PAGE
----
Alaska Legislature hears opposition to Dunleavy’s fisheries board appointee, a Pebble employee

Gov. Mike Dunleavy’s appointment of a Pebble mine director to the state Board of Fisheries has drawn a wave of opposition from fishermen and critics of the proposed mine as Alaska legislative committees hold confirmation hearings on the selection.

The governor in April appointed Abe Williams to a three-year term on the board, but the Legislature recessed early this spring amid concerns over COVID-19, delaying that hearing and others.

Williams serves as regional affairs director for mine developer Pebble Limited and is a longtime Bristol Bay commercial fisherman from King Salmon, in the region where the mine would be built.

Critics of Williams’ appointment say an official with the controversial Pebble prospect can’t be trusted to protect the world’s largest sockeye salmon fishery.

Williams and Dunleavy say Williams’ broad background in commercial fishing and in leadership roles is an asset.

[Pebble mine would cause ‘significant degradation’ in Bristol Bay region and can’t be permitted as proposed, Trump administration says]

The Alaska Board of Fisheries’ primary goal is preserving and developing the state’s fisheries.

Last week, the Senate Resources Committee heard from the public and Williams, along with the governor’s three other appointees to the seven-member board: University of Alaska Fairbanks professor McKenzie Mitchell; John Wood, a former state Senate aide to Dunleavy; and John Jensen, a reappointment from Petersburg.

The House Resources and Fisheries committees will take up the issue on Thursday morning.

Rep. Geran Tarr, D-Anchorage and co-chair of the House Resources Committee, said the committees hosting Thursday’s hearing have received more than 450 emails, nearly all of them opposed to Williams.

Many of those emails are form letters submitted after opponents of the mine encouraged people to speak up, she said.

But most of those letters are from Alaskans, said Tarr, who added that she doesn’t support Williams’ appointment.

‘It’s quite a high level of engagement,” she said.

Williams, 49, said his fondness for fishing and his ability to work with people who don’t always agree with his views help provide him with the right tools to protect fisheries in Bristol Bay and statewide.

“As a fourth-generation fisherman, I know and respect that fishery like no other,” he said in a phone interview Tuesday. “My background and my ability to sit down and listen to others is extremely important and valuable to a position of this nature.”

Williams said the mine could provide year-round jobs in Bristol Bay, in addition to summer fishing work.

Full-time jobs are critical to fighting the poverty in the region that has sharply reduced local permit ownership in the fishing industry and has hurt villages and schools as families leave, he said.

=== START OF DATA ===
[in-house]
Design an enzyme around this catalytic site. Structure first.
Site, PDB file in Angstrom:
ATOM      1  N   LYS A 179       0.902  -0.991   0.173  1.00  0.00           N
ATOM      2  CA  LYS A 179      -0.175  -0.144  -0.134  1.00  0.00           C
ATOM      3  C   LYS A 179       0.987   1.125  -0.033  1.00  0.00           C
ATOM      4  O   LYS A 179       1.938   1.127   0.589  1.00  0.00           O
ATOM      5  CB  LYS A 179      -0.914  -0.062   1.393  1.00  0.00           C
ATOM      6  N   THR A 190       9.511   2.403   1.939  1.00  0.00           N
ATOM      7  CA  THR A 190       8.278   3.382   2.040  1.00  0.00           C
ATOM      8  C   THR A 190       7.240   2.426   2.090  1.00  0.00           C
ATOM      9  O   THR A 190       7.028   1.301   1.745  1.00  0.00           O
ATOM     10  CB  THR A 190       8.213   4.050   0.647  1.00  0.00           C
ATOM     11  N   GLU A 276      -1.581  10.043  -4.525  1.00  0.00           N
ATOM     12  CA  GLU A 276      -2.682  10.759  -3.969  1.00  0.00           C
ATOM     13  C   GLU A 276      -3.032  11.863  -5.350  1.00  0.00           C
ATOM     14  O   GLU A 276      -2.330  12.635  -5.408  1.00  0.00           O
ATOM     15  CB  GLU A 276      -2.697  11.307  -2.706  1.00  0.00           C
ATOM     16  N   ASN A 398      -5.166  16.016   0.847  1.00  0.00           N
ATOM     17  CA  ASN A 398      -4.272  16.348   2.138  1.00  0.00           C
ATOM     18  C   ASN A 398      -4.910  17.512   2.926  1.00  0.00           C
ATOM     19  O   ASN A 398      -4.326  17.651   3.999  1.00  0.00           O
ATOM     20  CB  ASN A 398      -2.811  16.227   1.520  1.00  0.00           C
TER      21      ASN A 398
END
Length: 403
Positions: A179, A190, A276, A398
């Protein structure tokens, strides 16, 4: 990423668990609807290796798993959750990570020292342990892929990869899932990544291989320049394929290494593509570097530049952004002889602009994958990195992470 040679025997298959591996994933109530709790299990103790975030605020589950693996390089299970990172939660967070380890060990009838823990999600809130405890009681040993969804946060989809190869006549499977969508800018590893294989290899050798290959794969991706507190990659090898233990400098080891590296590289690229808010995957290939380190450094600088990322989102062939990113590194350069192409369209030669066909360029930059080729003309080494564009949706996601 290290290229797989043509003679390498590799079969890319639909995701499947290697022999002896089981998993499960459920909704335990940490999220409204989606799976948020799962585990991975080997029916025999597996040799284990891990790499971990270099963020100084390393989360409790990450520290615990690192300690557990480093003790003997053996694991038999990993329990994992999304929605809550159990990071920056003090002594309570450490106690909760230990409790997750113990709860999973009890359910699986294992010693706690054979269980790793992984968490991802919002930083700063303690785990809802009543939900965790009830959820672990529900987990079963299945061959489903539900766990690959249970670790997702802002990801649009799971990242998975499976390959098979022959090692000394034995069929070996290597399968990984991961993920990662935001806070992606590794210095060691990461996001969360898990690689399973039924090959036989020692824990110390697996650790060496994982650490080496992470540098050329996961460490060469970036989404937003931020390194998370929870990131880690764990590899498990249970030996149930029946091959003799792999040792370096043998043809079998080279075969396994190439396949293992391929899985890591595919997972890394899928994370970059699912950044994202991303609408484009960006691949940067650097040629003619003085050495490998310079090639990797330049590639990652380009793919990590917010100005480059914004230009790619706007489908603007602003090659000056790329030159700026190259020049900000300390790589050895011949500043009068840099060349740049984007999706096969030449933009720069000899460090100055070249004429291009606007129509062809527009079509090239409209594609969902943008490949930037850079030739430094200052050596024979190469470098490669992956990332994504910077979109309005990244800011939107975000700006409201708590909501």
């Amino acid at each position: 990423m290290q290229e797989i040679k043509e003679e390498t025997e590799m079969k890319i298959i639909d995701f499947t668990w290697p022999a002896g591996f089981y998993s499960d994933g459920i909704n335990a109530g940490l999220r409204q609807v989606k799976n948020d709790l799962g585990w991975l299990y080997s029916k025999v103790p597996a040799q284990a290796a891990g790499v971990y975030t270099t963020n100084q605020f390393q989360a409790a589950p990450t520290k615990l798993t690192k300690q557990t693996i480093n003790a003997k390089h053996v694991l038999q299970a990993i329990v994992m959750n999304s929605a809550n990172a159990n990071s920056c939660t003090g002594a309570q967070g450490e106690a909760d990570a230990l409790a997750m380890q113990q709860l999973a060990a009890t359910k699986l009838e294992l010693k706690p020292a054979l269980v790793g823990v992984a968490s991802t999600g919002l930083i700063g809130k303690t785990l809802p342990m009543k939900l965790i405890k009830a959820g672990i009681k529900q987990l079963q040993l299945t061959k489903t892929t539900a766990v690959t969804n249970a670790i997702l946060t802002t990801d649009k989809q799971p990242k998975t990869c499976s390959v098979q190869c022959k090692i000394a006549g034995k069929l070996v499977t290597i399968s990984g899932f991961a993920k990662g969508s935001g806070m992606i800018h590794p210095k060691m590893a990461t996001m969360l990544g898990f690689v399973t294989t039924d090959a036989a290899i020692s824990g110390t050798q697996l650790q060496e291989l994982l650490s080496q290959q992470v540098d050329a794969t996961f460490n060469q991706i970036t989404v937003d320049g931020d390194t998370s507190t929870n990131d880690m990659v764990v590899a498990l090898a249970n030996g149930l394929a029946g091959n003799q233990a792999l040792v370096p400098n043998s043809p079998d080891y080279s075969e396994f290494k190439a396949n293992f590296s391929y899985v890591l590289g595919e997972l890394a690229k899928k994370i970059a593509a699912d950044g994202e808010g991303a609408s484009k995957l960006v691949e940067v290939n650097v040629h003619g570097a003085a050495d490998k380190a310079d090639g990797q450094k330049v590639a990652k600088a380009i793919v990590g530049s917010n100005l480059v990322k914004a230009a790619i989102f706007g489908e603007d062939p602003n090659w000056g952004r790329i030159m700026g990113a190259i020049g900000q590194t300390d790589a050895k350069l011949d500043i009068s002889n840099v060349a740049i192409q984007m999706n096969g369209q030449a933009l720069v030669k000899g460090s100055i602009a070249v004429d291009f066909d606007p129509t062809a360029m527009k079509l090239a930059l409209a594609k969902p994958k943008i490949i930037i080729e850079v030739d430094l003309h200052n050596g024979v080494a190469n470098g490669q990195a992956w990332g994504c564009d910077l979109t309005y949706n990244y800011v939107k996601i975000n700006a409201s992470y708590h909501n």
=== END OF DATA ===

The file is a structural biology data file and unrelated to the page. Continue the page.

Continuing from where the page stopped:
Lindsay Layland, deputy director of the United Tribes of Bristol Bay, representing 15 tribes in the region, said Williams’ employment at Pebble shows he doesn’t take the concerns of most fishermen in Bristol Bay seriously.

“We are highly concerned with the fact that he is employed by the Pebble Partnership, whose goal is to develop this massive project which puts the Bristol Bay ecosystem and cultural resources at risk,” Layland said.

The Trump administration is weighing a key construction permit that could soon determine whether the mine can advance toward construction.

Williams is the governor’s second fisheries board appointee with ties to Pebble Limited.

Dunleavy in 2019 appointed Märit Carlson-Van Dort, a current board member who served as Pebble’s regional affairs director for five years before Williams.

[Pebble mine must now clear an unusually high hurdle before it can be developed, experts say]

Dunleavy believes Williams will bring “a wealth of knowledge and experience about the Bristol Bay region and Alaska’s commercial fishing industry,” according to a statement from the governor’s office provided by spokesman Jeff Turner.

Williams is a fishing boat captain in Bristol Bay and owns a marine repair and supply business that supports the commercial fishing industry. He has served on the Bristol Bay Borough School District board, the Bristol Bay Borough Assembly and as president of the Alaska Native village corporation for Naknek in his hometown region, according to the statement provided by Turner.

“That combination of professional and personal experiences makes him an excellent choice to represent all Alaskans on the Board of Fish,” the statement said.

Some critics have also complained that the governor’s appointments will contribute to a lack of regional diversity on the board.

The Tanana Chiefs Conference, representing 42 tribal groups in the Interior, told the House and Senate committees in a letter that too many of the board’s members or appointees live in or represent Southcentral Alaska.

The tribal group urged the committees “to respectfully request that the Dunleavy Administration replace two of the four board appointees with experts from the Yukon and Kuskokwim region” in the Interior and Western Alaska, according to the letter.

Williams, an Anchorage resident since 2010, said his life fishing in Bristol Bay in summer, and living in Anchorage, has broadened his view.

“It adds to the diversity,” he said. “I may reside in Anchorage now, but I’ve spent the lion’s share of my time in Bristol Bay.”

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